Why is the government keen to back an increase in HMRC investigations into tax evasion?
The UK’s debt levels continue to rise as we pay for the cost of the pandemic. In order to pay for this, an option for the government is to raise tax and reduce tax relief. Neither of these are going to be popular and will inevitably cost some taxpayers. It’s likely that the Chancellor will need to make some changes to the taxation system in order to raise revenue.
In the meantime, there is the option of recouping tax from those that have intentionally defrauded the system or deliberately evaded tax. This idea of making sure everyone is paying their fair share is much more popular with most of the electorate.
What else do I need to know?
HMRC have restarted postponed CCO investigations and are already processing complaints of abuse of the Coronavirus Job Retention Scheme and the Eat Out to Help Out scheme.
In a freedom of information release about CCO investigations, HMRC said: “HMRC continues
to progress CCO investigations and opportunities wherever it is safe for HMRC and its customers to do so. This is not about simply increasing the number of corporate prosecutions but changing industry practice and attitudes towards risk, encouraging organisations to do more to prevent tax crime happening in the first place.”
Eat Out to Help Out Scheme
HMRC said that they are investigating a famous fast food chain for defrauding the Eat Out to Help Out Scheme on the 9th October. The public support for this action can be seen by how widely this has been reported, even though this is still at the ‘investigating allegations’ stage.
Coronavirus Job Retention Scheme (CJRS)
Due to the urgency of the initial situation, the CJRS – otherwise known as the furlough scheme – was deliberately designed to get payments out as quickly as possible. Checking the integrity of claims was reserved for a later date. And now is that date.
If you made a claim through the CJRS, you have to keep those records for six years and have been sent a letter from HMRC suggesting that anything you’ve claimed incorrectly is paid back as a matter of urgency.
There is an ‘amnesty window’, so you can avoid a fine. One deadline was 20th October 2020, obviously this has already passed. The other deadlines are:
- 90 days after you receive money you aren’t eligible for
- 90 days after you get the CJRS money that you were entitled to, but new circumstances mean that now you are not eligible
Once you’re outside this amnesty window, you can get a financial penalty up to the total CJRS grant you received. And then there’s the unwanted dreadful publicity.
Where does HMRC get their information?
HMRC have three main sources of information from which they start their investigations: Connect, the Common Reporting Standard and members of the public.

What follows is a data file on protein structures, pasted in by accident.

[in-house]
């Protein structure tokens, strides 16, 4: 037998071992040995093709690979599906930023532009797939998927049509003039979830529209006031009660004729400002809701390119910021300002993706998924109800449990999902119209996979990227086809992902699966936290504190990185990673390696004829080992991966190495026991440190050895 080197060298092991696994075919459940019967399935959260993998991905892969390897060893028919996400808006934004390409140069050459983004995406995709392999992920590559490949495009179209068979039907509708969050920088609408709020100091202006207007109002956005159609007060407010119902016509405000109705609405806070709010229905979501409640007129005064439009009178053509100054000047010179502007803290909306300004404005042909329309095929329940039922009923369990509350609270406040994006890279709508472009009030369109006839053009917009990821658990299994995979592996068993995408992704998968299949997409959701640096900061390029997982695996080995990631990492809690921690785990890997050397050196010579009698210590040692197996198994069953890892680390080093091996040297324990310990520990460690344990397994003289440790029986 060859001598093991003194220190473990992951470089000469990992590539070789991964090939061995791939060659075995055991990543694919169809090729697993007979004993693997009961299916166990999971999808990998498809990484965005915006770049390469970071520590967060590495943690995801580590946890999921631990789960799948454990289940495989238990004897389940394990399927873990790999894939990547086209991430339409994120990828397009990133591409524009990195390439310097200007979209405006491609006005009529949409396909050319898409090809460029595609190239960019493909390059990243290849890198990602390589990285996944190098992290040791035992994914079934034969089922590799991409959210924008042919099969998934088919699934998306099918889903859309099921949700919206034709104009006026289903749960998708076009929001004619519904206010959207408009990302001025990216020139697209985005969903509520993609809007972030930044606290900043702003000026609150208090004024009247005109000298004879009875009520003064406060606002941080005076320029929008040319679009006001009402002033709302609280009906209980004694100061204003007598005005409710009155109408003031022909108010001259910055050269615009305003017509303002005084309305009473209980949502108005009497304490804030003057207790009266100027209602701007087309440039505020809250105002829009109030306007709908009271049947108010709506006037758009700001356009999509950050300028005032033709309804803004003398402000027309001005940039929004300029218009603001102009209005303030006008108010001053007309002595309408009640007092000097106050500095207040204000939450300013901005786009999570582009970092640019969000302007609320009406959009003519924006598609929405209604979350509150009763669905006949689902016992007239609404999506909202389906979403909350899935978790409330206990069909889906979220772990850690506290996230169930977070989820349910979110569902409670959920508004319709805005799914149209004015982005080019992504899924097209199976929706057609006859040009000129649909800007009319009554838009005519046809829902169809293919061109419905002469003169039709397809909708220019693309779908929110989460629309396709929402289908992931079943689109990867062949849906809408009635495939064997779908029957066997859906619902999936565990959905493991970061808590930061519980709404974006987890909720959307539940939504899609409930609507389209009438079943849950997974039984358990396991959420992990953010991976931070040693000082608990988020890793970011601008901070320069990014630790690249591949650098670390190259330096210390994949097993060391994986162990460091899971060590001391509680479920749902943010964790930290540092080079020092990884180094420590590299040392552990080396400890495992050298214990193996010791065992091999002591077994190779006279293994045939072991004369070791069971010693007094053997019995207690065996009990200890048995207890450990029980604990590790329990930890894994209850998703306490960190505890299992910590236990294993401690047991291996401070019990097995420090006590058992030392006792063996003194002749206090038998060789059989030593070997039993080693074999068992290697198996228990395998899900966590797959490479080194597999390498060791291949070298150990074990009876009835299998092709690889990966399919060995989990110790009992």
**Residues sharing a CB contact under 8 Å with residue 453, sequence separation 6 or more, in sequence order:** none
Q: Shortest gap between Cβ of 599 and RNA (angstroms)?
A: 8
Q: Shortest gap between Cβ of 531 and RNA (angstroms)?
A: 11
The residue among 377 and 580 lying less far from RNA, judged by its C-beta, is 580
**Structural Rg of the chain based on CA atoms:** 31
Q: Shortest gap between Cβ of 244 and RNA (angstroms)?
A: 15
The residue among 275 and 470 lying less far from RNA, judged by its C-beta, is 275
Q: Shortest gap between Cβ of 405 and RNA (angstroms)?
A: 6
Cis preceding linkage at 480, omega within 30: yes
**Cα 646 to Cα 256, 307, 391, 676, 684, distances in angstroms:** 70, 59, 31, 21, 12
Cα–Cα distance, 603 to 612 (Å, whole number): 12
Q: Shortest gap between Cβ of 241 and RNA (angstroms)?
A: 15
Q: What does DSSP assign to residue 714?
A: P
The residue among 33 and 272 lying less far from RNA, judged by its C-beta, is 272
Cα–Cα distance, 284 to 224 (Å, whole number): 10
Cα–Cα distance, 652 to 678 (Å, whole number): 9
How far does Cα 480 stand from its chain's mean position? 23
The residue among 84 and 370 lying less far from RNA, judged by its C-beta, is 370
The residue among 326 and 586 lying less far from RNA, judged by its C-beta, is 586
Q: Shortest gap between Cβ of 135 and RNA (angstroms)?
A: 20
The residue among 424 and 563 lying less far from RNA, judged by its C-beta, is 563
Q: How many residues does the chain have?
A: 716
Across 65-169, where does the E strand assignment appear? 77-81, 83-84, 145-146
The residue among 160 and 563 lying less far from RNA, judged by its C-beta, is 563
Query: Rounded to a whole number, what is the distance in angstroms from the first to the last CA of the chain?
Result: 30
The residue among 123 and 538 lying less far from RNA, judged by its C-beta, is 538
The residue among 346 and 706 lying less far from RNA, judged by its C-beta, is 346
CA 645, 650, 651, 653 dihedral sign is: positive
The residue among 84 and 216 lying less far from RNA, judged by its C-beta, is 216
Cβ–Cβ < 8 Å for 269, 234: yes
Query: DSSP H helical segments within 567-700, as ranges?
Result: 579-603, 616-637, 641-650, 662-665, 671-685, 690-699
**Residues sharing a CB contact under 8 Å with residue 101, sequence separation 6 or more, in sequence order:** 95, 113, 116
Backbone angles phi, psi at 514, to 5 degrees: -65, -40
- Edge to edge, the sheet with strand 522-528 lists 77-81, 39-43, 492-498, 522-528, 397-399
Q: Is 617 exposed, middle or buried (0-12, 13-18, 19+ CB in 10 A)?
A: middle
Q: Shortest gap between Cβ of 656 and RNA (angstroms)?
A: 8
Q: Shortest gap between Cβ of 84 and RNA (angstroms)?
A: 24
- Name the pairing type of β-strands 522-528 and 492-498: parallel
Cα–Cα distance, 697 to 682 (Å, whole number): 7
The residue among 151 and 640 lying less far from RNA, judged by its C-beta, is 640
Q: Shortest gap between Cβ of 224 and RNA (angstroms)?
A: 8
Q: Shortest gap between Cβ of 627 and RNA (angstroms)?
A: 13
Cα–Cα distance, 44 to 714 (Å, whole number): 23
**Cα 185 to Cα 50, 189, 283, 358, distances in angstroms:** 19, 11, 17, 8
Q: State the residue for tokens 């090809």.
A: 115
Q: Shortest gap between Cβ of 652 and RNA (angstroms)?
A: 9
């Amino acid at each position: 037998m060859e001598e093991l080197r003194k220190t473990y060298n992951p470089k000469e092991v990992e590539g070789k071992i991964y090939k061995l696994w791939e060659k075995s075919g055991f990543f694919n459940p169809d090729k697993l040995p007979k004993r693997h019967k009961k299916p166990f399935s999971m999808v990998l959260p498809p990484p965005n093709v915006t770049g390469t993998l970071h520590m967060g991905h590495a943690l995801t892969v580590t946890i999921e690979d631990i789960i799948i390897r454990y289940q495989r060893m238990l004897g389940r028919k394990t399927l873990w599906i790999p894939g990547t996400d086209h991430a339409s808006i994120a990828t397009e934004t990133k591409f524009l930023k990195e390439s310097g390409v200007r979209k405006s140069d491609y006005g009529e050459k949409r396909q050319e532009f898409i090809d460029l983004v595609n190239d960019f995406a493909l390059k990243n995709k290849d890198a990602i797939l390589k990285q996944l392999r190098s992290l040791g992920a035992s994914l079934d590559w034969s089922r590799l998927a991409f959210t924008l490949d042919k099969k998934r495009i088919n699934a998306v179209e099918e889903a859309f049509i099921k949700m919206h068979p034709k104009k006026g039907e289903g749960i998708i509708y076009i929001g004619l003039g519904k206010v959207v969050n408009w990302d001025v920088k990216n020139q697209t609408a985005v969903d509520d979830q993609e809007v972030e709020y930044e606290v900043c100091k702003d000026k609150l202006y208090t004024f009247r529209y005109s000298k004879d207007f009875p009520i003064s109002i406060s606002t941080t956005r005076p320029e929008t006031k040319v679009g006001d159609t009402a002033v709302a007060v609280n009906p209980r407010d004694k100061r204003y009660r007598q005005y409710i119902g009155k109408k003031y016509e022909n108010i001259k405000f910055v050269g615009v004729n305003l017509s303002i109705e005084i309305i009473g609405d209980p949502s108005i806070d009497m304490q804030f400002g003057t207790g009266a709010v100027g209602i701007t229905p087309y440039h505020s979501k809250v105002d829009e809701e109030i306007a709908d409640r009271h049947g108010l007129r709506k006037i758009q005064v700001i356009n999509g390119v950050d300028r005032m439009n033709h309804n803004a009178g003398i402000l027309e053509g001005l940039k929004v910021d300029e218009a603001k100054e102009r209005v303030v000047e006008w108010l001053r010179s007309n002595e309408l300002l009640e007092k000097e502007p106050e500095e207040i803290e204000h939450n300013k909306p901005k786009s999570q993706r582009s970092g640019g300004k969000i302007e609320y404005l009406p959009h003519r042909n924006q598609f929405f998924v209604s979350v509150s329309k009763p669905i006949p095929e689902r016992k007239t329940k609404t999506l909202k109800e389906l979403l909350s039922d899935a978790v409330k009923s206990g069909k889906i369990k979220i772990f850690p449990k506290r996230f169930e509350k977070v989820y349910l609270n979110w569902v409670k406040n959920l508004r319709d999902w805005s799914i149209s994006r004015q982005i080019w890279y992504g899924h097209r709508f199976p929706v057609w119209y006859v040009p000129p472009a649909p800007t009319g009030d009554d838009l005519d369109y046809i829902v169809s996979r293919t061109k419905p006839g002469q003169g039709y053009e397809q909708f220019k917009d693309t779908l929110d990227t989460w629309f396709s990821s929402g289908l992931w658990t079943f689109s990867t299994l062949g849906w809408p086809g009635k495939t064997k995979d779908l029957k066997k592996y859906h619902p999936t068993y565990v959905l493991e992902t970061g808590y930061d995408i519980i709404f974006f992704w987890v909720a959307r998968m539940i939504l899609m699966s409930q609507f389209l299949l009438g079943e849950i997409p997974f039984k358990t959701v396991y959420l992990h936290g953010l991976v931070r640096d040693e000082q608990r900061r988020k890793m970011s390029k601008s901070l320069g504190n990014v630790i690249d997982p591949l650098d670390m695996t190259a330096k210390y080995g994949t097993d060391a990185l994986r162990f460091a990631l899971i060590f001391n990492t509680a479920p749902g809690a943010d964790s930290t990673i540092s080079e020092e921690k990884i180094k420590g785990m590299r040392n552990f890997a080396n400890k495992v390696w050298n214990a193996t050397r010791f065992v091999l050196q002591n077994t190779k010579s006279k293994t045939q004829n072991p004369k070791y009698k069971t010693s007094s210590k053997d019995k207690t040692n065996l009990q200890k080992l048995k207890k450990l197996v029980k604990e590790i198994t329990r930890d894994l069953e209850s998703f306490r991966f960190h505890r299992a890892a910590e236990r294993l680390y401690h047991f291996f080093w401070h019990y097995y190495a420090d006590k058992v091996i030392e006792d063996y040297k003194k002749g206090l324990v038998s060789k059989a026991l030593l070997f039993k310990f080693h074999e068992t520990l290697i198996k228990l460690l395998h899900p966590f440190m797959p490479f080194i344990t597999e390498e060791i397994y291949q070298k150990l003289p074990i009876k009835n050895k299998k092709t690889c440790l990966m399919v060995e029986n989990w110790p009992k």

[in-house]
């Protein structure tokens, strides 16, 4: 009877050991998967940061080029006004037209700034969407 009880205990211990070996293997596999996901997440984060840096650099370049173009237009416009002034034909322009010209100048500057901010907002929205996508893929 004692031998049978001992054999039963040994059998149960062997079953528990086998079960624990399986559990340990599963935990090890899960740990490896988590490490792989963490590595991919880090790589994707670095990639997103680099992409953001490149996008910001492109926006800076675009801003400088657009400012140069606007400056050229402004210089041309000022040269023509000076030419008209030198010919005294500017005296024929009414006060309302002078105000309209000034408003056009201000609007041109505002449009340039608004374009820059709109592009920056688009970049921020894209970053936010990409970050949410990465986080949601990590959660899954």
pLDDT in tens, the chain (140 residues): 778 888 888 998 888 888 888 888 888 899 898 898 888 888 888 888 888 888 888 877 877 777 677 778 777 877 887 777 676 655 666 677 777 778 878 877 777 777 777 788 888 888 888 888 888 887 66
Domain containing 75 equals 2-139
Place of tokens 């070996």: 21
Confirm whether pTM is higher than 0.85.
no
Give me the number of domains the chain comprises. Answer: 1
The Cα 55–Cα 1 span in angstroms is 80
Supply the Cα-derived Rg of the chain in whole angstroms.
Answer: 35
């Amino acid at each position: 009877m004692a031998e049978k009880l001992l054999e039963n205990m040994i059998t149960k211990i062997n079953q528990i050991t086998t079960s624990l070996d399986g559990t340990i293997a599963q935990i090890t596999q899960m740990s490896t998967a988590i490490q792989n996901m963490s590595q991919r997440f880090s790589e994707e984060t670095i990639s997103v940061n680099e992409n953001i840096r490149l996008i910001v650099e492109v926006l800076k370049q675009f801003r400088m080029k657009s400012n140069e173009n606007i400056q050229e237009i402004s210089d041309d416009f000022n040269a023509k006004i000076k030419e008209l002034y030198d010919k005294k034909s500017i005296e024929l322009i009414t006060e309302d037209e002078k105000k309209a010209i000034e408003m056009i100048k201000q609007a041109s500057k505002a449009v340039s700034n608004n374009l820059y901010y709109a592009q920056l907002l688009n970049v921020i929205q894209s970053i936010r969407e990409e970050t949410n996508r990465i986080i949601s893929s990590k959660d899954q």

Connect is government software that processes 22 billion pieces of data at any one time. It collates information about an individual or business from all the available data sources, including: financial records, the land registry and self assessment tax returns. It also taps into the goldmine of social media. It analysis patterns and highlights anomalies that could represent tax evasion. HMRC get 500,000 leads from this every year.
Common Reporting Standard
This is an agreement between over 100 countries to share financial information with each other, on an annual basis. HMRC find this particularly valuable when it comes to undeclared offshore assets and unpaid foreign taxes.
Members of the public
There is an implicit warning here that the consequences of COVID-19 may lead to more people whistleblowing about tax issues to HMRC. People that are angry about being made redundant or laid off have less to lose if they report their now ex employer for tax fraud or evasion.
The figures suggest this is happening at quite a scale. Between 1st April 2019 and 31st March 2020, there were just under 9,000 tip offs to HMRC. Between the launch of the CJRS in April and the end of July, there were already 4,500 reports to HMRC about employers defrauding the scheme.
Triple threat to businesses
The report concludes that all this amounts to an increased likelihood of being investigated by HMRC, post-pandemic, for three main reasons:
- Improvements made by HMRC on their own processes and systems to make them more efficient.
- Political pressure to recoup all tax revenue, supported by general public opinion that is happy to see people punished for tax evasion.
- An increase in the number of unhappy ex-employees that are recently redundant or laid off, therefore willing to report their former employers to HMRC.
It’s not something to panic about. Just take some time to review your policies and procedures to make sure everything’s all up to date. If you’ve made any mistakes with applications to the various financial support programmes then talk to HMRC as soon as possible. Don’t wait for them to get in touch with you. And if you know everything’s accurate, make sure your records show the details.
Member of the ATT